So, the line pointer points at the first of 32 blank lines. When the line pointer points at a non-blank line, it will execute that line. when the line pointer points at a blank line, it will execute the first non-blank line after that line. that means we execute ({}≤()≥). What does this line do? This lang is a brainflak derivative, btw, so some of the brackets do the same thing, but not all

(        push...
{}      pop off the main stack and evaluate to that value, plus
≤     jump by the amount inside, evaluate to that value for the purpose of other commands
()   1
≥
)


so, this pops off the stack, adds one to it while jumping one forward, then pushes back on the stack. What is jumping? why are we jumping in the middle of a line?

Jumping in Sad-Flak is rather different to most other langs. Jumping does not take immediate effect, but rather moves the line pointer. when the line pointer is moved, nothing happens until the current line is finished executing. when it is finished, we see which line the line pointer points at, and execute that. If the line pointer didn't get moved, the same line gets executed again, and again, until it gets moved. however, all lines in this program either are blank, or they jump or halt. So, this line moves the line pointer one forward and increments top of stack.

What is the line pointer pointing at now? it's still on a blank line, so it does the same thing again, and again, until it gets to the line that it keeps executing

   32
-> ({}≤()≥)
(≤()≥)
99
({}≤()≥)
((<>[≤()≥]))
7
({}≤()≥)
((<>))≤()≥
5
({}≤()≥)
(≤()≥)
109
({}≤()≥)
(<>)(≤()≥)
85
({}≤()≥)
(≤()≥)
30
({}≤()≥)
(≤()≥)
42
({}≤()≥)
({≤()≥})(({()}))({()})(())
70
({}≤()≥)
≤≥


Then, it executes it one last time, before moving to the next line. this end up with the charcode of ! on the stack (32 blanks + 1 actual line)

   32
({}≤()≥)
-> (≤()≥)
99
({}≤()≥)
((<>[≤()≥]))
7
({}≤()≥)
((<>))≤()≥
5
({}≤()≥)
(≤()≥)
109
({}≤()≥)
(<>)(≤()≥)
85
({}≤()≥)
(≤()≥)
30
({}≤()≥)
(≤()≥)
42
({}≤()≥)
({≤()≥})(({()}))({()})(())
70
({}≤()≥)
≤≥


this line ((≤()≥)) pushes a new 1 to the stack, and moves the line pointer one forward, onto a new blank line, to do basically the same thing as it did before. however it puts charcode of e. and also the next line is this: ((<>[≤()≥])). What is this complex line? well:

((        push twice...
<>      value popped from stack, and pushed onto the offstack for later retrieval
[     minus ...
≤    (jump but eval to the argument still)
()  1
≥
]
))


so, this pops the e off the stack, and replaces it with two ds, while leaving an e on the off stack for later retrieval, and also jumping the line pointer to the next line. we have two, because one will be changed into l, because it saves bytes from pushing a 1 and incrementing it up to the next letter. we don't do this for all of them because it also cost bytes popping and pushing back onto the stack, as well as fitting the jump in there.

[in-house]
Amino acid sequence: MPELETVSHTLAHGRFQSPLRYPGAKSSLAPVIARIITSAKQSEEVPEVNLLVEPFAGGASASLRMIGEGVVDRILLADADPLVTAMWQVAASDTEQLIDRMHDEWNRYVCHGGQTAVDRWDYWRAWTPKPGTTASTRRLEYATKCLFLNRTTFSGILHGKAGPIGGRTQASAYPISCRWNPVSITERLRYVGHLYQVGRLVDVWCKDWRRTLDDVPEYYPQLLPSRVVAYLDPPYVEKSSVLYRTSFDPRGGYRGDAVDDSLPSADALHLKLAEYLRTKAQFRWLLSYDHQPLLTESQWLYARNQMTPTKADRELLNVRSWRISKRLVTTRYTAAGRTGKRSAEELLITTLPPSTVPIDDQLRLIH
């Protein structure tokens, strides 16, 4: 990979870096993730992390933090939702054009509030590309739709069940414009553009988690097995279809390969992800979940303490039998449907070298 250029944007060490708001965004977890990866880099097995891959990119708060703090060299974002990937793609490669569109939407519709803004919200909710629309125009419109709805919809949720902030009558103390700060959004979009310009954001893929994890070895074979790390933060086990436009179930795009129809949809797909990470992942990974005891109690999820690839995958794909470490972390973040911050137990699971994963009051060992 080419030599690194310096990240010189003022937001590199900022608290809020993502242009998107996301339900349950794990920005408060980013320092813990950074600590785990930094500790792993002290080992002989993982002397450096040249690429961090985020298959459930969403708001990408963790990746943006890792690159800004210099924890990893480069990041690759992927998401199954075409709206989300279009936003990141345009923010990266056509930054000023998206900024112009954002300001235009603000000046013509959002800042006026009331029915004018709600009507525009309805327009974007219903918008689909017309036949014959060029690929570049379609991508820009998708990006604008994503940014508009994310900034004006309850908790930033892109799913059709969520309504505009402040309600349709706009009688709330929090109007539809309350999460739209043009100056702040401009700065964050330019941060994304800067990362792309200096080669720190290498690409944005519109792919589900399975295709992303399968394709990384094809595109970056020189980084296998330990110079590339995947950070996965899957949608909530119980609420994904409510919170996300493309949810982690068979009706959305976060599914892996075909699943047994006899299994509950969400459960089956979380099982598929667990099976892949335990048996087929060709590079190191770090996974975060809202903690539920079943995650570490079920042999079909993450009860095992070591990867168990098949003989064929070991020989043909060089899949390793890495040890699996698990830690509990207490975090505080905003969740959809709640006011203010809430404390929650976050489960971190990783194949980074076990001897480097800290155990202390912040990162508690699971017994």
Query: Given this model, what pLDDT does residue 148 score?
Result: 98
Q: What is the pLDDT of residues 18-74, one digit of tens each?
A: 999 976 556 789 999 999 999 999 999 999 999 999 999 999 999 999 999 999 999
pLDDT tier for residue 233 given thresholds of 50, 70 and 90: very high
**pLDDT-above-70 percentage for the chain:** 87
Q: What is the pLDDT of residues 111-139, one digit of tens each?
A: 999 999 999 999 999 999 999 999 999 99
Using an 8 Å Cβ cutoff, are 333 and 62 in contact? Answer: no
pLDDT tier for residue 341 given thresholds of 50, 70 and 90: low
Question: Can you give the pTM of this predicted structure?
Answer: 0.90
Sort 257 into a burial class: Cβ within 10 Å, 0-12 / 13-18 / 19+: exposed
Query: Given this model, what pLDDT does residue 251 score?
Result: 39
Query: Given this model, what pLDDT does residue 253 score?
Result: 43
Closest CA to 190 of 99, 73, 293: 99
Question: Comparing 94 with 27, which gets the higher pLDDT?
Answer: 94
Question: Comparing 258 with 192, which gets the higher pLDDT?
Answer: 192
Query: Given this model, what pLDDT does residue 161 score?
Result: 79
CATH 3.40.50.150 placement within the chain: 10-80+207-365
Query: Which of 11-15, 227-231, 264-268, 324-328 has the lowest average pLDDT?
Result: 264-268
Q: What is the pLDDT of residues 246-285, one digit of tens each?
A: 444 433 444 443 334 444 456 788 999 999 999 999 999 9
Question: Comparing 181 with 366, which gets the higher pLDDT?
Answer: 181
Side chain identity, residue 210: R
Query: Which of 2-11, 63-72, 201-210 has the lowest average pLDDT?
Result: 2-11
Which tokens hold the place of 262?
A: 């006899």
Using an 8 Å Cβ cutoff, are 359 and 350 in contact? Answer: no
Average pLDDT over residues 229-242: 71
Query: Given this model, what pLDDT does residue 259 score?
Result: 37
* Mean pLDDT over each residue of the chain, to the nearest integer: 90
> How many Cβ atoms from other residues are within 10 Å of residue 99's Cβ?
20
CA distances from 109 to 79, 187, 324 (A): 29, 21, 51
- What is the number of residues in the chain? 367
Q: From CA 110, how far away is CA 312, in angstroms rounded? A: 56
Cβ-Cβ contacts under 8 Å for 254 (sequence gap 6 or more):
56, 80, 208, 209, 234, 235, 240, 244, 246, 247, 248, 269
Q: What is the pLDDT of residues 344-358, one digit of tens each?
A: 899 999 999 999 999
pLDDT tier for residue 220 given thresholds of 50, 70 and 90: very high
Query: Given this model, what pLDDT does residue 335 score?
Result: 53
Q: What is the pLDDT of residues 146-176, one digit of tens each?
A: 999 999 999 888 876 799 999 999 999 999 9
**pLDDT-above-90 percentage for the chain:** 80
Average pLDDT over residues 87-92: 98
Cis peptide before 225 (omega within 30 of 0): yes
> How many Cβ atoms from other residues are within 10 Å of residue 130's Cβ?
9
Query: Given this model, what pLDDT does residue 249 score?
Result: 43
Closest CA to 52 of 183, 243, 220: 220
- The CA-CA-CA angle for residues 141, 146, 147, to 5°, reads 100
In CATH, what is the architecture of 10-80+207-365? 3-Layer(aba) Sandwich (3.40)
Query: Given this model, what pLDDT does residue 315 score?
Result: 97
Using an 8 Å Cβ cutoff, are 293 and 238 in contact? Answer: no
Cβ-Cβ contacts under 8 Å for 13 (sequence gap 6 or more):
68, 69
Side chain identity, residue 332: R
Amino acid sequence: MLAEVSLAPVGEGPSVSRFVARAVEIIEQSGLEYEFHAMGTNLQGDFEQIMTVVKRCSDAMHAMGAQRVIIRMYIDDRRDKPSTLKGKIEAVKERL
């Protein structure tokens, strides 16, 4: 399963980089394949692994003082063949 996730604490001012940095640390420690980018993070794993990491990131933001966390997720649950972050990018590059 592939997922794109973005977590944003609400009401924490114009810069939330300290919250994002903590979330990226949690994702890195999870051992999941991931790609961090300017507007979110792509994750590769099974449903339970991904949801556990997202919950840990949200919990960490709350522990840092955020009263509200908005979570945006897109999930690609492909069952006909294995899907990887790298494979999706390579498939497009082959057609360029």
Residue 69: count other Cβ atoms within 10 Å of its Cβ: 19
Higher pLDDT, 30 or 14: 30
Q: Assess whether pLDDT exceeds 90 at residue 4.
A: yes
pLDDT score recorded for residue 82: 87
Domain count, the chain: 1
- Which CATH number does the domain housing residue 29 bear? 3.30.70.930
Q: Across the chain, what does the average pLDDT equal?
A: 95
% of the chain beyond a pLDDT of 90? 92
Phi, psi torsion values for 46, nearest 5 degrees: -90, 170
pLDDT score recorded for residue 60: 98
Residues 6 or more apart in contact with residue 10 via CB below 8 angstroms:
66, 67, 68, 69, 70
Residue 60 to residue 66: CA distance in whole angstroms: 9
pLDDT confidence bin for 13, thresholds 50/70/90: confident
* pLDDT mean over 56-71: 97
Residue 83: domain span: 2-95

from now on, I'm skipping the blank lines and the increment top of stack lines, because this explanation is long enough already.

after adding 8 to yield l

((          push twice...
<>        a value popped from stack, also pushed to offstack
))
≤     jump ...
()   1
≥


add 6 to yield r: this one again: (≤()≥) new value at 111 (o):

(           push...
<>         popped value, also pushed to offstack.
)
(       push...
≤      (jump and eval to same as...)
()    1
≥
)


so this pushes to the off stack while keeping it on the stack, and pushing another 1 on the stack.

new 87 (W): this again: (≤()≥)

new 32 (space): same again: (≤()≥)

new 44 (,): ({≤()≥})(({()}))({()})(()) woah, what is that? put simply, it is just pushing onto the main stack what we pushed on to the offstack, then a 1 to make into a H:

(             push...
{            pop from the off stack, evaluate to that multiplied by...
≤           jump and eval to...
()         1
≥
}
)         this pushes o

((         push twice...
{        multiply an offstack popped value by...
()      1
}
))     this pushes l twice

(        push...
{       offstack popped value times...
()     1
}
)      this pushes e

(    push...
()  1
)


new 72 (H): ≤≥: this is the halt command and it stops the program

That pushed !dlroW ,olleH char codes, which then gets printed, but backwards because it is a stack. "Hello, World!"

# Cubically, 12412311199 78 bytes

-11 bytes thanks to TehPers, -12 thanks to language updates, -21 thanks to user202729